Slovak Prime Minister Robert Fico announced on Thursday, September 17, that he is ready to initiate a tougher Press Code due to what he called the number of lies published mainly in the tabloid press.
Speaking at an extraordinary press conference in Bratislava, Fico pointed to an article published in Plus 7 Dní weekly (which also appeared on Thursday, September 17, in abbreviated form in its sister daily Plus Jeden Deň, under the headline ‘Among the Elite’), which reported that he pays €900 a month for his son's education. The prime minister stated that he could prove he is only paying €89 per month for his son's school.
According to Fico, it is well known that in the tabloid media environment there is corruption of journalists, who write positive articles for payment. He, however, chooses not to go down that path. On the other hand he is ready to draw attention to this situation and, in specific cases where untrue information is published, to sue the media and initiate legislative amendments.
"I would welcome it if we could amend the periods for publishing a reply. Currently it is three days, but it needs to be changed to two days or one day," explained Fico, as quoted by the TASR newswire, adding that he will propose shortening the period to 24 hours during an election campaign, "when politicians really don't have the chance to defend themselves".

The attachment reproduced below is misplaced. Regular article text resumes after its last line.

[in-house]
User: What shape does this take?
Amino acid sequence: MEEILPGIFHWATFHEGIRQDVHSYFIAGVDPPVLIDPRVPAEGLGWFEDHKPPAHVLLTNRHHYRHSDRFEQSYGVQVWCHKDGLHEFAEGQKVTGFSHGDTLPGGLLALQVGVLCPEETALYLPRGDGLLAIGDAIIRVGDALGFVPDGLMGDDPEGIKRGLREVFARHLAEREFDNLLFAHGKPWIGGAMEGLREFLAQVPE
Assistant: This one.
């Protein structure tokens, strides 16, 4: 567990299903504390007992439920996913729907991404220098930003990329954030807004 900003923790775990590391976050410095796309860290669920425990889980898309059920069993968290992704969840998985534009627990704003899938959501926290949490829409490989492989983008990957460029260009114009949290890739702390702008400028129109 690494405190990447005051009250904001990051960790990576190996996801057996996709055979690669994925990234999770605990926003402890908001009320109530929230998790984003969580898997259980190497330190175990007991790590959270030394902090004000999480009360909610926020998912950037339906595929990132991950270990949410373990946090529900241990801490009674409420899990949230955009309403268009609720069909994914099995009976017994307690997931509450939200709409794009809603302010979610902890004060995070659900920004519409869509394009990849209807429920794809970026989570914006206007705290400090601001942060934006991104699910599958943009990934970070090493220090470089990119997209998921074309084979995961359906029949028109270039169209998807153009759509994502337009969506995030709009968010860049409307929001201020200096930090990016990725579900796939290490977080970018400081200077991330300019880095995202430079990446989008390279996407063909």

The Press Code currently states that the right to reply by a private individual or a legal entity can be exercised if reports contain allegations injuring their good reputation, dignity or privacy. Those affected can apply to respond within 30 days, with publishers obliged to print their response within three days of delivery of the application. Failure to do so can lead to penalties ranging from €1,660 to €4,980.
Fico also wants to pass an amendment so that fines would not be imposed after a court decision but would be levied directly as a result of the provisions of the code. "In other words, if the tabloid does not publish a response either in two days or within 24 hours, the appropriate fine will be levied ... as waiting for a court decision sometimes takes two or three years," he said.
The prime minister also called on the electronic media to stop broadcasting advertisements for tabloids. "Stop that ... because in the same way that I will sue Plus 7 Dní and other tabloids I will use all legal means to protect my person from electronic media that purvey such advertising," he concluded.
Compiled by Zuzana Vilikovská from press reports
The Slovak Spectator cannot vouch for the accuracy of the information presented in its Flash News postings.
18. Sep 2009 at 10:00